Photo by Joey Panetta

Photo by Joey Panetta

In 1950, China invaded Tibet. Tibet is still occupied, and its people are losing their culture, language, and traditions. In 1959, the 14th Dalai Lama, the leader of Tibet's predominant religion - Buddhism - left his country behind to find asylum in India. Tibetans followed their leader and found exile in countries like India, Nepal, and Bhutan. According to the 2009 census, 128,000 Tibetans were living in exile, with most of them - more than 94,000 - living in India.

 Photo by Joey Panetta

Photo by Joey Panetta

Yeshi Lundhup went to India as a young boy to find refuge. After finishing his studies, which were subsidized by the Tibetan government, he decided it was time to give back to his community. "I realized Tibetan refugees' biggest challenge is the language barrier...their world is only our small Tibetan community, so they have the challenge to survive outside. Also, the Tibetans have the difficulty to preserve and promote our precious culture", explained Lundhup.

 Photo by Joey Panetta

Photo by Joey Panetta

In 2013, Lundhup founded Tibet World. Located in Dharamshala of northwest India, Tibet World works as a non-governmental organization and Tibetan community center.

 Photos by Joey Panetta

Photos by Joey Panetta

Not far from the Dalai Lama's residence, the organization works to support Tibetan refugees, and people from various countries, through education and skills training, while endorsing the Tibetan culture and values. "Tibet World is a platform where Tibet meets the world, and the world meets Tibet," said Lundhup.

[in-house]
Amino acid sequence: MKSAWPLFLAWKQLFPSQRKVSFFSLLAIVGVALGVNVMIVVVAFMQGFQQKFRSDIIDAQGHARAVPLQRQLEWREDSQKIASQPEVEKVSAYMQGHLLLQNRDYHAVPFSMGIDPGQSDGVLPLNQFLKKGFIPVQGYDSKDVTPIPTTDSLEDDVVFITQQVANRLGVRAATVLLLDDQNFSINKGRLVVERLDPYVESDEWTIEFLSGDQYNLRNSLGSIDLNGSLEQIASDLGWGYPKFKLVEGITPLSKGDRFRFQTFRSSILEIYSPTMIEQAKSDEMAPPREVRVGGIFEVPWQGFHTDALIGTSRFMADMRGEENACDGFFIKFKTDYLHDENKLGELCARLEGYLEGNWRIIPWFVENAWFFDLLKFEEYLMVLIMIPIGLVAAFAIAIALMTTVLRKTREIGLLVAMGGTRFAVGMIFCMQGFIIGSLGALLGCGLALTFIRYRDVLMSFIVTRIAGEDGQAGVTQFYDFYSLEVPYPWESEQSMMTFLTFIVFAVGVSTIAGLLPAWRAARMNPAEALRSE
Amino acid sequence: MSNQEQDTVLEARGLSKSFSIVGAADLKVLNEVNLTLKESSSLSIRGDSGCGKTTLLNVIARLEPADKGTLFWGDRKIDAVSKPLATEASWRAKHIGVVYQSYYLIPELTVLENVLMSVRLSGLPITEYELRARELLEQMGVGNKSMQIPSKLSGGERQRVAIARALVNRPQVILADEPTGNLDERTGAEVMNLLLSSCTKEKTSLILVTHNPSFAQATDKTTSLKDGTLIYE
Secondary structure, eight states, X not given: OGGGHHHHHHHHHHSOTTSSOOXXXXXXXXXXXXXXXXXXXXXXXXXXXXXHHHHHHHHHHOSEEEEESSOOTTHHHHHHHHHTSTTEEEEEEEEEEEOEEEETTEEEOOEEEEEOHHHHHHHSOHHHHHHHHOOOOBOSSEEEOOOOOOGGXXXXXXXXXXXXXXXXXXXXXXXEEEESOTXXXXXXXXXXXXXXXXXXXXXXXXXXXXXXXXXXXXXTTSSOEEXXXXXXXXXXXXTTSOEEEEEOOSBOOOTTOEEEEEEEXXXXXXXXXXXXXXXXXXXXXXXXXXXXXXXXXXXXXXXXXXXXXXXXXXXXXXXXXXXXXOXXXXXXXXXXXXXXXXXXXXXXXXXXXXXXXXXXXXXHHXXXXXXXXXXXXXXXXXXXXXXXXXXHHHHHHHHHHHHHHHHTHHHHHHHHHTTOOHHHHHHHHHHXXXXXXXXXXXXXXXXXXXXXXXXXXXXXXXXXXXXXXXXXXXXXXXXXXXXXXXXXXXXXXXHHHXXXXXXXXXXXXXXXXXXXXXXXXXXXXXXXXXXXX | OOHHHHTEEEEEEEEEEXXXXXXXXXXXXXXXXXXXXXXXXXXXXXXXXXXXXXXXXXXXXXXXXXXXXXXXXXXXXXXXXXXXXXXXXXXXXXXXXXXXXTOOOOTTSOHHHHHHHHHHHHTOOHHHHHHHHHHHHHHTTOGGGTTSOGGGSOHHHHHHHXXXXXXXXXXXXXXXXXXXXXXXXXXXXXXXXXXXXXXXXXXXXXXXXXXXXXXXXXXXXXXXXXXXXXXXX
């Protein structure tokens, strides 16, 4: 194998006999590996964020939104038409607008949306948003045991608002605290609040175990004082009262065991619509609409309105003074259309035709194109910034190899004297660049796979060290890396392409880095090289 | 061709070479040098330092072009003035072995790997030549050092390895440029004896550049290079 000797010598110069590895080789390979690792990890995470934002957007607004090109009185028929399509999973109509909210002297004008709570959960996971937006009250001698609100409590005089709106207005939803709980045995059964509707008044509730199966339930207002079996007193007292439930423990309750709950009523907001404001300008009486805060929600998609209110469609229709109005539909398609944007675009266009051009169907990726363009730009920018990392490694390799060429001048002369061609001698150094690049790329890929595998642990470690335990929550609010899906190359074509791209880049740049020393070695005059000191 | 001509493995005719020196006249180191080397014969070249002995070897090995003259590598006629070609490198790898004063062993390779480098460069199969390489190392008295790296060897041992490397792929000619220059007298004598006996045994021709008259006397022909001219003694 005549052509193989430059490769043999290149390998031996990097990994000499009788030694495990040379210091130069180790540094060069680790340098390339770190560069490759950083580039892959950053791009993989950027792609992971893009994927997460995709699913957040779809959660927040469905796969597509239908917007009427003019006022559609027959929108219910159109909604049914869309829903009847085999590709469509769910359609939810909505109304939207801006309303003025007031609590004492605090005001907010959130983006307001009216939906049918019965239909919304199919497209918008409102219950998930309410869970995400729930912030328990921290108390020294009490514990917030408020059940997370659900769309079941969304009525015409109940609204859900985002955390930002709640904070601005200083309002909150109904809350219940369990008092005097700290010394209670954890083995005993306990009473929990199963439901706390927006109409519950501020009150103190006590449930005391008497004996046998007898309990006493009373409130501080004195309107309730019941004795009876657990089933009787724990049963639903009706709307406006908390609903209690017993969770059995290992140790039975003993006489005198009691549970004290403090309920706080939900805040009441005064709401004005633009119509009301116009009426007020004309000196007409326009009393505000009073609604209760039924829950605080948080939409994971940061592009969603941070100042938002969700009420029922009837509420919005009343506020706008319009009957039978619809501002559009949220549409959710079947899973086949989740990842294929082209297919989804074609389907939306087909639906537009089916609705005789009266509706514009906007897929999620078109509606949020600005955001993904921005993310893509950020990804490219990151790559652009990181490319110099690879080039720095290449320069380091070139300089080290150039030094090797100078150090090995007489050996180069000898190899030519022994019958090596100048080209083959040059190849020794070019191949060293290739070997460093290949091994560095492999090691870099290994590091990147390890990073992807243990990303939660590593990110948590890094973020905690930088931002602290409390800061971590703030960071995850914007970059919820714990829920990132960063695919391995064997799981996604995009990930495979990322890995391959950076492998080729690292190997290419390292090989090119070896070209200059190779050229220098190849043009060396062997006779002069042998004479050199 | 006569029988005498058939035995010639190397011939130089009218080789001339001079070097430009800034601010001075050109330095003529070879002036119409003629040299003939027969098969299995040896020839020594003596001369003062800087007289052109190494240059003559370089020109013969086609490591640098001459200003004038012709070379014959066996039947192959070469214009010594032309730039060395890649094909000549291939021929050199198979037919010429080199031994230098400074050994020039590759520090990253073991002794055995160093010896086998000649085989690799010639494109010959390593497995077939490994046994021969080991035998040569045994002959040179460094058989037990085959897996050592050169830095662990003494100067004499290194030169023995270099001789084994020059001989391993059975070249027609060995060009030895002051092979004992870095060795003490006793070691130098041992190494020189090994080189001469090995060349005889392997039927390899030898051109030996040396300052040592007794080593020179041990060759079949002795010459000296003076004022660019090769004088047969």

Photo by Joey Panetta

Photo by Joey Panetta

Back in 2013, the language classes were given in a small room. After one month, the number of students and volunteers grew up to the point that Lundhup had to open a small office and a small classroom. After another month, they already had three classrooms to accommodate all the new students. In 2014, they moved to another place with six classrooms, community halls, a small cafe and a hostel. According to Lundhup, one of the goals of the organization with the growth is to provide more job opportunities for Tibetans. "Until now we have a permanent of seven staff members and six part-time jobs. But if Tibet World grows up, we can give more job opportunities to the Tibetan communities".

Photo by Joey Panetta
 Photos by Joey Panetta

Photos by Joey Panetta

The organization provides international language classes and activities like a Tibetan folk show, yoga and meditation classes, workshops and talks about Buddhism, philosophy and politics, and local cultural walking tours. More than 405 students pay the equivalent of around six dollars per year to attend as many classes as they like. Over the past five years, more than 2000 students have received education from Tibet World, and over 1000 international volunteers from 44 countries have participated in organizing cultural events.

PhotographersWithoutBorders_Tibet World_Joey Panetta-030.jpg
 Photos by Joey Panetta

Photos by Joey Panetta

Lundhup calls Tibetan culture as "the compassion culture." He says that in the 21st century, we need to be more compassionate toward each other. "Our world is one family. If one person loses their culture, we lose in our culture. Tibetan culture can contribute to a more peaceful and happy world. So, everyone, please help us to preserve and promote our culture, because Tibet needs the world and the world needs Tibet", said Lundhup.

 Photo by Joey Panetta

Photo by Joey Panetta

Tibet World currently has many open volunteer opportunities. To know more, or to support their work, please click here.

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